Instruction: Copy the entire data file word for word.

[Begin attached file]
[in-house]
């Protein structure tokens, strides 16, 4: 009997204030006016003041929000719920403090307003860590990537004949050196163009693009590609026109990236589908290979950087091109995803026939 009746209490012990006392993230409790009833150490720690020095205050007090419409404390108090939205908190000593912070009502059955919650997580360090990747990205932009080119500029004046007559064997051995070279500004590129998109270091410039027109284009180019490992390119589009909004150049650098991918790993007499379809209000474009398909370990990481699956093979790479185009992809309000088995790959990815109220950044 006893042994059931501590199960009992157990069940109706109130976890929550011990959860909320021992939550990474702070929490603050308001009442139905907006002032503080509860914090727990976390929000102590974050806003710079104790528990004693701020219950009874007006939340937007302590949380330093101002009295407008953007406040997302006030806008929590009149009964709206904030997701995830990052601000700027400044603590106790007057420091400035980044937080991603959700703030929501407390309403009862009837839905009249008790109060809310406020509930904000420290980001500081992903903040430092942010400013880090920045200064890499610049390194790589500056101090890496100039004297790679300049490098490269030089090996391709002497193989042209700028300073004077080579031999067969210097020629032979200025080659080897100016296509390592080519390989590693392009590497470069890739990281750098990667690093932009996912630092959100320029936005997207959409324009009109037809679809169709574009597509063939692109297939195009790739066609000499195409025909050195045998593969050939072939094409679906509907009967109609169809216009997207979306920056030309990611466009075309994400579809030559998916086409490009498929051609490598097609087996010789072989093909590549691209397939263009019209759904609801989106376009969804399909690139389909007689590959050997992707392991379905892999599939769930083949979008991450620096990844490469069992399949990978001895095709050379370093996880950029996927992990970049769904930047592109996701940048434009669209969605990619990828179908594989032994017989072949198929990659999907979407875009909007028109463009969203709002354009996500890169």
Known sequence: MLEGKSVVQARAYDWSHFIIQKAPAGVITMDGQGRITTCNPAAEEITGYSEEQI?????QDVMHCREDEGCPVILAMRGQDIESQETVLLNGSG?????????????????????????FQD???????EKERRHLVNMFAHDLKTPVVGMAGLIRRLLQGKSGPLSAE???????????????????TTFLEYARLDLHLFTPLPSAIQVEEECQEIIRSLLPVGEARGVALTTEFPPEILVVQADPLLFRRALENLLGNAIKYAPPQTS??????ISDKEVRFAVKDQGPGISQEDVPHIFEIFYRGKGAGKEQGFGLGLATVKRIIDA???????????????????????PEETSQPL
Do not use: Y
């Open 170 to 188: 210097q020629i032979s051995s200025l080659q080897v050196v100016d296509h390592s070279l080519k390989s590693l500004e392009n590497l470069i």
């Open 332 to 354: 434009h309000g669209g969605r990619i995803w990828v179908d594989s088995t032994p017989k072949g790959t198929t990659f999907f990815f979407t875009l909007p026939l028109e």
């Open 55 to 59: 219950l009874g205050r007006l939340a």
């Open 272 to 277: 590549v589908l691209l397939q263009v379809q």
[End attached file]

[in-house]
């Protein structure tokens, strides 16, 4: 009997204030006016003041929000719920403090307003860590990537004949050196163009693009590609026109990236589908290979950087091109995803026939 009746209490012990006392993230409790009833150490720690020095205050007090419409404390108090939205908190000593912070009502059955919650997580360090990747990205932009080119500029004046007559064997051995070279500004590129998109270091410039027109284009180019490992390119589009909004150049650098991918790993007499379809209000474009398909370990990481699956093979790479185009992809309000088995790959990815109220950044 006893042994059931501590199960009992157990069940109706109130976890929550011990959860909320021992939550990474702070929490603050308001009442139905907006002032503080509860914090727990976390929000102590974050806003710079104790528990004693701020219950009874007006939340937007302590949380330093101002009295407008953007406040997302006030806008929590009149009964709206904030997701995830990052601000700027400044603590106790007057420091400035980044937080991603959700703030929501407390309403009862009837839905009249008790109060809310406020509930904000420290980001500081992903903040430092942010400013880090920045200064890499610049390194790589500056101090890496100039004297790679300049490098490269030089090996391709002497193989042209700028300073004077080579031999067969210097020629032979200025080659080897100016296509390592080519390989590693392009590497470069890739990281750098990667690093932009996912630092959100320029936005997207959409324009009109037809679809169709574009597509063939692109297939195009790739066609000499195409025909050195045998593969050939072939094409679906509907009967109609169809216009997207979306920056030309990611466009075309994400579809030559998916086409490009498929051609490598097609087996010789072989093909590549691209397939263009019209759904609801989106376009969804399909690139389909007689590959050997992707392991379905892999599939769930083949979008991450620096990844490469069992399949990978001895095709050379370093996880950029996927992990970049769904930047592109996701940048434009669209969605990619990828179908594989032994017989072949198929990659999907979407875009909007028109463009969203709002354009996500890169």
Known sequence: MLEGKSVVQARAYDWSHFIIQKAPAGVITMDGQGRITTCNPAAEEITGYSEEQI?????QDVMHCREDEGCPVILAMRGQDIESQETVLLNGSG?????????????????????????FQD???????EKERRHLVNMFAHDLKTPVVGMAGLIRRLLQGKSGPLSAE???????????????????TTFLEYARLDLHLFTPLPSAIQVEEECQEIIRSLLPVGEARGVALTTEFPPEILVVQADPLLFRRALENLLGNAIKYAPPQTS??????ISDKEVRFAVKDQGPGISQEDVPHIFEIFYRGKGAGKEQGFGLGLATVKRIIDA???????????????????????PEETSQPL
Do not use: Y
């Open 170 to 188: 210097q020629i032979s051995s200025l080659q080897v050196v100016d296509h390592s070279l080519k390989s590693l500004e392009n590497l470069i």
């Open 332 to 354: 434009h309000g669209g969605r990619i995803w990828v179908d594989s088995t032994p017989k072949g790959t198929t990659f999907f990815f979407t875009l909007p026939l028109e």
């Open 55 to 59: 219950l009874g205050r007006l939340a």
């Open 272 to 277: 590549v589908l691209l397939q263009v379809q």